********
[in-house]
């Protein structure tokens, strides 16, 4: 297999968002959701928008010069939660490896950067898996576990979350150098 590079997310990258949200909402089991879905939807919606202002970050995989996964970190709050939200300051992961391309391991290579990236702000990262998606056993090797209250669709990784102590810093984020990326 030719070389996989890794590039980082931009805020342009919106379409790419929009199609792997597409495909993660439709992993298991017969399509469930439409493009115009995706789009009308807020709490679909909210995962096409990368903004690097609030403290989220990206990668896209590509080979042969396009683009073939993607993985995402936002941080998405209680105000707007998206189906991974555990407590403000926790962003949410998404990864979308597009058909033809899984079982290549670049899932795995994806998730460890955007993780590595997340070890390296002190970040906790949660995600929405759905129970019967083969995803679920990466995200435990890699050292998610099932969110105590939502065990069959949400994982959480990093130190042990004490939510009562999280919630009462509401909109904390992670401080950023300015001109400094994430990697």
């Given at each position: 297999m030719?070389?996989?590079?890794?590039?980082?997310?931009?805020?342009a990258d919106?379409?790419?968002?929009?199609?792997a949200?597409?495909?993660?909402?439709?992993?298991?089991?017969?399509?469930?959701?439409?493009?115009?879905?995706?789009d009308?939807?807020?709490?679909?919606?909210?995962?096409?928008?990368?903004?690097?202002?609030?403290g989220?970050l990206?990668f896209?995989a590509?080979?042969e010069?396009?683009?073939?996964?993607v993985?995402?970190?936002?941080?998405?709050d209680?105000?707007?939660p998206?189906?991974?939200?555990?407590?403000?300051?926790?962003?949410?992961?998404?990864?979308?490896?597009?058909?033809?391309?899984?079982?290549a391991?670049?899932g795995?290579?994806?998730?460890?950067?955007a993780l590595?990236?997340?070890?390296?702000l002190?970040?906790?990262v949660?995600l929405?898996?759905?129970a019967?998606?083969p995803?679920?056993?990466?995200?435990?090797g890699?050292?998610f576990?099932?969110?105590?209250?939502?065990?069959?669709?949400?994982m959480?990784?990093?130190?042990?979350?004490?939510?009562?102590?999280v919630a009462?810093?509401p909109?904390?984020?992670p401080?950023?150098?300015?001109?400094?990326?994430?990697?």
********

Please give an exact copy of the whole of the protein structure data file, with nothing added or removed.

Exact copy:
[in-house]
């Protein structure tokens, strides 16, 4: 297999968002959701928008010069939660490896950067898996576990979350150098 590079997310990258949200909402089991879905939807919606202002970050995989996964970190709050939200300051992961391309391991290579990236702000990262998606056993090797209250669709990784102590810093984020990326 030719070389996989890794590039980082931009805020342009919106379409790419929009199609792997597409495909993660439709992993298991017969399509469930439409493009115009995706789009009308807020709490679909909210995962096409990368903004690097609030403290989220990206990668896209590509080979042969396009683009073939993607993985995402936002941080998405209680105000707007998206189906991974555990407590403000926790962003949410998404990864979308597009058909033809899984079982290549670049899932795995994806998730460890955007993780590595997340070890390296002190970040906790949660995600929405759905129970019967083969995803679920990466995200435990890699050292998610099932969110105590939502065990069959949400994982959480990093130190042990004490939510009562999280919630009462509401909109904390992670401080950023300015001109400094994430990697």
């Given at each position: 297999m030719?070389?996989?590079?890794?590039?980082?997310?931009?805020?342009a990258d919106?379409?790419?968002?929009?199609?792997a949200?597409?495909?993660?909402?439709?992993?298991?089991?017969?399509?469930?959701?439409?493009?115009?879905?995706?789009d009308?939807?807020?709490?679909?919606?909210?995962?096409?928008?990368?903004?690097?202002?609030?403290g989220?970050l990206?990668f896209?995989a590509?080979?042969e010069?396009?683009?073939?996964?993607v993985?995402?970190?936002?941080?998405?709050d209680?105000?707007?939660p998206?189906?991974?939200?555990?407590?403000?300051?926790?962003?949410?992961?998404?990864?979308?490896?597009?058909?033809?391309?899984?079982?290549a391991?670049?899932g795995?290579?994806?998730?460890?950067?955007a993780l590595?990236?997340?070890?390296?702000l002190?970040?906790?990262v949660?995600l929405?898996?759905?129970a019967?998606?083969p995803?679920?056993?990466?995200?435990?090797g890699?050292?998610f576990?099932?969110?105590?209250?939502?065990?069959?669709?949400?994982m959480?990784?990093?130190?042990?979350?004490?939510?009562?102590?999280v919630a009462?810093?509401p909109?904390?984020?992670p401080?950023?150098?300015?001109?400094?990326?994430?990697?």